Pharmacy students from the University of Sunderland joined the dedicated team known as the ‘pharmy army’ helping to provide the Covid-19 vaccine to housebound people in South Tyneside.
The team of pharmacists in South Tyneside have made good progress in their drive to vaccinate housebound people that they expect to complete the second stage of the project by the end of April.
Students from the University of Sunderland’s School of Pharmacy stepped up to help make a difference when the housebound vaccination commenced in January 2021.
The pharmacy students volunteered to assist in housebound vaccinations, dedicating their weekends to help the vaccination program reach vulnerable patients, housebound individuals, and carers.
Buddying alongside the 22 community pharmacists the students helped to organise housebound vaccination appointments, contacting patients, performing pre-vaccine medical questionnaires and inputting information into the data systems as well as supporting patients throughout the vaccination process.
Being involved in the vaccination programme for pharmacy students such as Jodi Inch (3rd Year Pharmacy Student), Rebecca Gair (4th Year Pharmacy Student) and Naomi Dover (Pre-registration Pharmacist at Edinburgh Road Pharmacy) has been a privilege.
Naomi Dover, 22, from South Shields explains: ” I felt the urgency to help during the pandemic and to do something good for the community and helping out with the vaccine programme.
“The response from patients has been very positive. Most are so pleased to get their vaccine within their home and hopefully to soon have family and friends be able to visit.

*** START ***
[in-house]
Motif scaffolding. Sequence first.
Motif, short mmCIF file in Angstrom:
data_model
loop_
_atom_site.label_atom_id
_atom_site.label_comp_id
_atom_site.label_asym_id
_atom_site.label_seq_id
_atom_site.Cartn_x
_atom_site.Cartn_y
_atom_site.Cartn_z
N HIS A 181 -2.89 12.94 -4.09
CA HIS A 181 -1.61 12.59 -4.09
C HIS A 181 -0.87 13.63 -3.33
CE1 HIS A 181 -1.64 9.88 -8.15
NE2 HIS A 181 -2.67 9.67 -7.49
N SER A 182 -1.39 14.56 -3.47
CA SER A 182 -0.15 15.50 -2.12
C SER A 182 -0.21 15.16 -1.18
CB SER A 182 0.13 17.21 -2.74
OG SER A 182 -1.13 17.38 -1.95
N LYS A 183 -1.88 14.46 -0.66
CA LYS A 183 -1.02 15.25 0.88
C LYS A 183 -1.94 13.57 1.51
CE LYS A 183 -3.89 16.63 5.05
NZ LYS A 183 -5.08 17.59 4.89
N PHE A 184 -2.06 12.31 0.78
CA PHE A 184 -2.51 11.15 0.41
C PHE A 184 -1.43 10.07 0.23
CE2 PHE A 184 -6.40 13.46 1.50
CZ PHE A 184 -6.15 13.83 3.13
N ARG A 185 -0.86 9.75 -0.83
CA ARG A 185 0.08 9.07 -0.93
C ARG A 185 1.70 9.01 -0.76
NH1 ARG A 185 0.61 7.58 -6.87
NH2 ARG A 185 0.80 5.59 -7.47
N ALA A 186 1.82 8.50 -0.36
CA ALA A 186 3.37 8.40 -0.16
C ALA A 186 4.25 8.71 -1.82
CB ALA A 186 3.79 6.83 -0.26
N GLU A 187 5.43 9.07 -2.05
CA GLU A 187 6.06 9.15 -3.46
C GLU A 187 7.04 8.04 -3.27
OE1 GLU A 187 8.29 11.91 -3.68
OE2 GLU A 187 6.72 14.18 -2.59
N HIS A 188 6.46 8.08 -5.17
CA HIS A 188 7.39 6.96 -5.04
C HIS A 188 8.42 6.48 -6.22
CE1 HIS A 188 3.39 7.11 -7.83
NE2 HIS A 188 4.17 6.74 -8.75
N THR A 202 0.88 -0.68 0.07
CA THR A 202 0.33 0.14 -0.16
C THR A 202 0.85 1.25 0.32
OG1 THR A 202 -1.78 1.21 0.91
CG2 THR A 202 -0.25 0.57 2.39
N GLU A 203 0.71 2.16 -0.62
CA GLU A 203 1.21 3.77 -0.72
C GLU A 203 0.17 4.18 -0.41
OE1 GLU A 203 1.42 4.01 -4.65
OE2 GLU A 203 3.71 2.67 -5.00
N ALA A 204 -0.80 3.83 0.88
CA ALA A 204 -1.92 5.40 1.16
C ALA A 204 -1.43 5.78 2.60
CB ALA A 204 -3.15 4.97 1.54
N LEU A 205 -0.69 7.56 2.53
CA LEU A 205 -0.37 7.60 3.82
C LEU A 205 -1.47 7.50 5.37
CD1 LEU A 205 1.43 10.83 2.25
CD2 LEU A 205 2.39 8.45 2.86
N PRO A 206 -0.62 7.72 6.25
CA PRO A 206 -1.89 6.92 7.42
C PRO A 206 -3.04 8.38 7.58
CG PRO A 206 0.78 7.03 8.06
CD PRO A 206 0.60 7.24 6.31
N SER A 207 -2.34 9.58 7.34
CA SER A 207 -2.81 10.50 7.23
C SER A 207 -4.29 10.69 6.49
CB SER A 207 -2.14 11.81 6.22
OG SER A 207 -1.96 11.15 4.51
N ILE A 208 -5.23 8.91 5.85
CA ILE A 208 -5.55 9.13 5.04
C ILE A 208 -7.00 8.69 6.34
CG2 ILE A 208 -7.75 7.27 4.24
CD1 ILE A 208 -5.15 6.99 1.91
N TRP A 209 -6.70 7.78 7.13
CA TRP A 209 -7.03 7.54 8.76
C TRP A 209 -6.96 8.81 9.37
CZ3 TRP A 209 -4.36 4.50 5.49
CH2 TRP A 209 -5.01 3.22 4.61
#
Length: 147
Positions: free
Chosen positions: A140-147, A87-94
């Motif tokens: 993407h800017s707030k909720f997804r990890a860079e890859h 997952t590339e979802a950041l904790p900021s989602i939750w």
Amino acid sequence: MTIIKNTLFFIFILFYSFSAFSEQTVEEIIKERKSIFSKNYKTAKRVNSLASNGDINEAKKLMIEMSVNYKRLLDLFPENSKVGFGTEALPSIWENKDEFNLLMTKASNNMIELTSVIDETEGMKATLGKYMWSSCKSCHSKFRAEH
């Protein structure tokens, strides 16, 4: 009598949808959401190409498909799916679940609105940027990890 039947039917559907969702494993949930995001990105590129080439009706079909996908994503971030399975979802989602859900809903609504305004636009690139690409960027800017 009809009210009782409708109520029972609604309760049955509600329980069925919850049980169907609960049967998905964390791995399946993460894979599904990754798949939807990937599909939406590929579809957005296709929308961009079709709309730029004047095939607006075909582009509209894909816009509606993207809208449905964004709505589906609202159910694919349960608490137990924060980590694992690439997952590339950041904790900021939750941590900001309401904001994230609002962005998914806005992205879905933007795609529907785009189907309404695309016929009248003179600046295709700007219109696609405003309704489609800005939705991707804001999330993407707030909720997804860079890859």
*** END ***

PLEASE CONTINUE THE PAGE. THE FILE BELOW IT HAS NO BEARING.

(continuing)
“It’s been so rewarding to be part of this and to bring some positivity in these patients lives.”
Jodi Inch, 38, from Gateshead said: “It has been amazing, I am so privileged to be involved and have the opportunity to help our community’s vulnerable patients.
“I am immensely proud – and as a student to have the opportunity to get involved and take on a responsible role it’s been great to be so involved.
“I’m sad it’s coming to an end, but it also shows things are moving forward, which is a positive sign.”
Rebecca Gair, 22, from Sunderland said: “There’s a lot more to pharmacy than people think. It’s been rewarding and amazing to see how many pharmacists have come together to provide the vaccine to the community and vulnerable patients.
“I am so proud to enter the profession and to go into these teams in my future career.”
The pharmacy students have experienced first-hand working with the team, having the 1-1 interaction with patients, and seeing how the vaccination is helping during the covid-19 pandemic.
Collaboration between volunteers, students, local organisations, and healthcare professional has been key in overcoming challenges that the covid-19 pandemic has brought.
Kathryn Davison, Principal Lecturer and Team Leader of the Pharmacy Practice and Clinical Therapeutics team in the School of Pharmacy and Pharmaceutical Sciences at University of Sunderland said: “It is extremely inspiring to see the work being done by community pharmacists in South Tyneside to roll the Covid vaccination programme in patients’ homes.
“I am extremely proud to see our own students taking an active and important role in mobilising and helping with the programme, they are the future of our workforce and fantastic ambassadors for the University of Sunderland.”
Matt Brown, Executive Director of Operations at NHS South Tyneside Clinical Commissioning Group (CCG), said: “The pharmy army are making such a difference for our local NHS, helping some of our most vulnerable patients.
“It’s wonderful to see so many people coming together to work on the housebound vaccinations. The pharmacy students have been a great asset to the team and have allowed us to make great progress with the vaccine in South Tyneside.
“We have now given over 95,000 vaccine doses to South Tyneside residents – and we’re well on track to complete housebound vaccinations by the end of the month.
“It’s important that the community continues to work together following the government guidance, remembering hands, face, space and continuing to get as many people vaccinated as possible.”
If you, or someone you care for, are housebound and think you may have been missed, please contact your GP practice.